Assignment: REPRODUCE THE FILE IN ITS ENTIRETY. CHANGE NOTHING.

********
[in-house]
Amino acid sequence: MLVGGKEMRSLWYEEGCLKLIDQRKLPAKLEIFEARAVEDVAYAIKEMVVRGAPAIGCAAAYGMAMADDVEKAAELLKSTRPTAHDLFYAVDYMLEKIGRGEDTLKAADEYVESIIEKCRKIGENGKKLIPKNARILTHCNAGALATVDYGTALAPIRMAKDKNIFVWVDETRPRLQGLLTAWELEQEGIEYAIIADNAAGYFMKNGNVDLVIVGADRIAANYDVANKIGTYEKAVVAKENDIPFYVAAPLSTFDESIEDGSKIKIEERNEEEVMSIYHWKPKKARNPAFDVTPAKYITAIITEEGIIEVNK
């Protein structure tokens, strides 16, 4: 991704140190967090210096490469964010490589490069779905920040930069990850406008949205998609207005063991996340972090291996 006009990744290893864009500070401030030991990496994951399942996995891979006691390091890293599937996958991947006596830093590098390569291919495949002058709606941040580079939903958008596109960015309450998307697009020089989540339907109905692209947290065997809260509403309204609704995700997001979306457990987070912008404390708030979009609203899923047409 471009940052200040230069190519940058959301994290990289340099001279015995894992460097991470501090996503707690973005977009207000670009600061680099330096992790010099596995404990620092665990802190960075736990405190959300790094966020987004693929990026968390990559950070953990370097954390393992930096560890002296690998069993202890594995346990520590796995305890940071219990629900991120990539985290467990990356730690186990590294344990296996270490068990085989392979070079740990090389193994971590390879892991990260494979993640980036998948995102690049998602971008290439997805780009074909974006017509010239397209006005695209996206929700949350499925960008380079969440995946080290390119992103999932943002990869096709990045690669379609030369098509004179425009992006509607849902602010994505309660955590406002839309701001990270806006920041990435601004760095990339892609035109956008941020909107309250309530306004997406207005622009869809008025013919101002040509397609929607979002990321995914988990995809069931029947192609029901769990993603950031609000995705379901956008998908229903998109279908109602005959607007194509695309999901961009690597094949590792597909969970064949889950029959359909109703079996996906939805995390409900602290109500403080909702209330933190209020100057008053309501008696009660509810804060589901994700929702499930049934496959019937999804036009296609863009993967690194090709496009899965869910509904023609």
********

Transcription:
[in-house]
Amino acid sequence: MLVGGKEMRSLWYEEGCLKLIDQRKLPAKLEIFEARAVEDVAYAIKEMVVRGAPAIGCAAAYGMAMADDVEKAAELLKSTRPTAHDLFYAVDYMLEKIGRGEDTLKAADEYVESIIEKCRKIGENGKKLIPKNARILTHCNAGALATVDYGTALAPIRMAKDKNIFVWVDETRPRLQGLLTAWELEQEGIEYAIIADNAAGYFMKNGNVDLVIVGADRIAANYDVANKIGTYEKAVVAKENDIPFYVAAPLSTFDESIEDGSKIKIEERNEEEVMSIYHWKPKKARNPAFDVTPAKYITAIITEEGIIEVNK
């Protein structure tokens, strides 16, 4: 991704140190967090210096490469964010490589490069779905920040930069990850406008949205998609207005063991996340972090291996 006009990744290893864009500070401030030991990496994951399942996995891979006691390091890293599937996958991947006596830093590098390569291919495949002058709606941040580079939903958008596109960015309450998307697009020089989540339907109905692209947290065997809260509403309204609704995700997001979306457990987070912008404390708030979009609203899923047409 471009940052200040230069190519940058959301994290990289340099001279015995894992460097991470501090996503707690973005977009207000670009600061680099330096992790010099596995404990620092665990802190960075736990405190959300790094966020987004693929990026968390990559950070953990370097954390393992930096560890002296690998069993202890594995346990520590796995305890940071219990629900991120990539985290467990990356730690186990590294344990296996270490068990085989392979070079740990090389193994971590390879892991990260494979993640980036998948995102690049998602971008290439997805780009074909974006017509010239397209006005695209996206929700949350499925960008380079969440995946080290390119992103999932943002990869096709990045690669379609030369098509004179425009992006509607849902602010994505309660955590406002839309701001990270806006920041990435601004760095990339892609035109956008941020909107309250309530306004997406207005622009869809008025013919101002040509397609929607979002990321995914988990995809069931029947192609029901769990993603950031609000995705379901956008998908229903998109279908109602005959607007194509695309999901961009690597094949590792597909969970064949889950029959359909109703079996996906939805995390409900602290109500403080909702209330933190209020100057008053309501008696009660509810804060589901994700929702499930049934496959019937999804036009296609863009993967690194090709496009899965869910509904023609």